While I have access to a car, I prefer to shop by bicycle. The bicycle is more convenient when I am bringing home a small load. Cycling to the store alone generally carries far less risk of infection than riding public transportation. But when shopping, I have to interact with people, and sometimes go into a store.
Should bicyclists wear face masks for this kind of trip? Yes, at least when going into the store, but also if having to ride under crowded conditions.
For shopping trips, I wear gardening gloves with rubber fingers and palms. I carry a small bottle with disinfectant solution, and disinfectant wipes. I disinfect the shopping-cart handle before gripping it. I also disinfect my gloves, then my hands after I leave the store. When I get home I disinfect them again after removing the mask, goggles and helmet.
The reusable shopping bag in the picture below does not go into the store. Stores in Massachusetts don’t accept them any more, as they might carry infection. I use the bag after I’m done shopping, to increase the carrying capacity of my bicycle.
When I get home, I lay out items that I bought in the driveway to disinfect them, or pour food out into clean containers. Apartment dwellers have to disinfect indoors. There’s plenty of good information online about how to disinfect foods, and yourself after handling them. Here’s one example.
Should Bicyclists Wear Face Masks For Recreational Riding?
Should you wear a face mask while riding? Or not? Or just hang up the bicycle? Strategies are different if you’re riding solo or with someone else.
Each person’s circumstances are unique. In my case, it’s only a mile from my home to semi-rural outer suburbs. Traffic on roads there is very light now, and I’ll go on solo rides without wearing a mask.
Urban and suburban traffic is also light, though a friend — a high-mileage recreational road rider — has had to dodge many newbie wrong-way riders. (This is one more reason to stay away from riding on the edge of the road.)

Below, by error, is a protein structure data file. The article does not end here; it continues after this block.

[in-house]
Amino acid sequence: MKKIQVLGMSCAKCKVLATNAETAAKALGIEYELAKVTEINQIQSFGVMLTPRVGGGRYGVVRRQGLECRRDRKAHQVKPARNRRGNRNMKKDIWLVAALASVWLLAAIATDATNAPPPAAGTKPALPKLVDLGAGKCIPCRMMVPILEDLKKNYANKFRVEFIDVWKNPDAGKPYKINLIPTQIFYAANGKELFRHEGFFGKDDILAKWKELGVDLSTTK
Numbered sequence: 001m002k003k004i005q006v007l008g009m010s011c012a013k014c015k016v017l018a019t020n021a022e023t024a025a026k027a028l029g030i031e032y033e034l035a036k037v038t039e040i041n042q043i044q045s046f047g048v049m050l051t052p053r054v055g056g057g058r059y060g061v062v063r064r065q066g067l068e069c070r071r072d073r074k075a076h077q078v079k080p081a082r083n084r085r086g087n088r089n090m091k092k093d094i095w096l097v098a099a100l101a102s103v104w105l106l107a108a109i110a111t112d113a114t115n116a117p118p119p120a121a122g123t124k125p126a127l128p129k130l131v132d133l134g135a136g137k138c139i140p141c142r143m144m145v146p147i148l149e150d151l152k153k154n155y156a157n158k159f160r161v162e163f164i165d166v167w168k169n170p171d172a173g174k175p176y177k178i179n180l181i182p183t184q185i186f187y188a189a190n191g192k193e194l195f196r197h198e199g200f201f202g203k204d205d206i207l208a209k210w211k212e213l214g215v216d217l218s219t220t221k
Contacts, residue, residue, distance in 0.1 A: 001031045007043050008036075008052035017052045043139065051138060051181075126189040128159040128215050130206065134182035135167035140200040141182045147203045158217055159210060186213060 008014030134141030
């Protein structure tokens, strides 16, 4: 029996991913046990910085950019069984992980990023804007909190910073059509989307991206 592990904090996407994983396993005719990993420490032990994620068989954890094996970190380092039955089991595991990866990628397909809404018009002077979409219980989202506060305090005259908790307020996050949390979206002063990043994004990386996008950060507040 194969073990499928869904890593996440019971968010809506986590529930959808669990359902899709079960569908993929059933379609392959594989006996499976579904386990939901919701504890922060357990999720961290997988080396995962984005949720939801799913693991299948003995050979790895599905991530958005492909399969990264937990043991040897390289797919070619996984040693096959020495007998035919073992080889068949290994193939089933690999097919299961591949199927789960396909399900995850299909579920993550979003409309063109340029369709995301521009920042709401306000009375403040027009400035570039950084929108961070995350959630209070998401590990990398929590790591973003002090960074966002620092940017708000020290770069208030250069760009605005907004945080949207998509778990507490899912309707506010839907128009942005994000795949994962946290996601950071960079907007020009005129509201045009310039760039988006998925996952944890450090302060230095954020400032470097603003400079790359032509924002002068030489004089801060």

Another friend who is a strong advocate for shared-use paths avoids them now, because they are crowded, largely with people who don’t know how to be safe on them.
In some places, notably New York State, masks are now required for everyone where social distancing is impossible. Spain and Italy have banned recreational cycling, allowing cycling only for some kinds of essential trips. That seems excessive to me, at least where I live, considering the low risk of contagion on lightly-used rural roads.
If You Ride With Another Person
The 6-foot rule doesn’t apply to bicyclists riding together, because bicyclists are moving, and the risk depends on which way the wind is blowing. One recommendation was to maintain 35-foot spacing, and greater at higher speeds. The front rider uses hand signals to indicate turns; the rear rider repeats them to confirm. Checking for confirmation is easier if the front rider uses a rear-view mirror.
I do think about the risk of a crash that would require care in an already overburdened hospital. It could happen, but my last crash that required a doctor’s attention was in 1984, to no small extent because of the kind of skills that CyclingSavvy teaches. There is a balance to achieve.
I’ve been riding on the nearly empty semi-rural roads — without a mask, to stay in shape and avoid going stir-crazy. But you have to make up your own mind about this.
Something to Do at Home
CyclingSavvy online courses are available, and discounted during the pandemic. And my booklet Bicycling Street Smarts is for sale in print and as an e-book, with Keri Caffrey’s all-new illustrations (shameless promotion, sorry).
Even if you have hung the bicycle up for the duration, the time will come when you dust it off and ride again. This is a useful way to while away the time until then.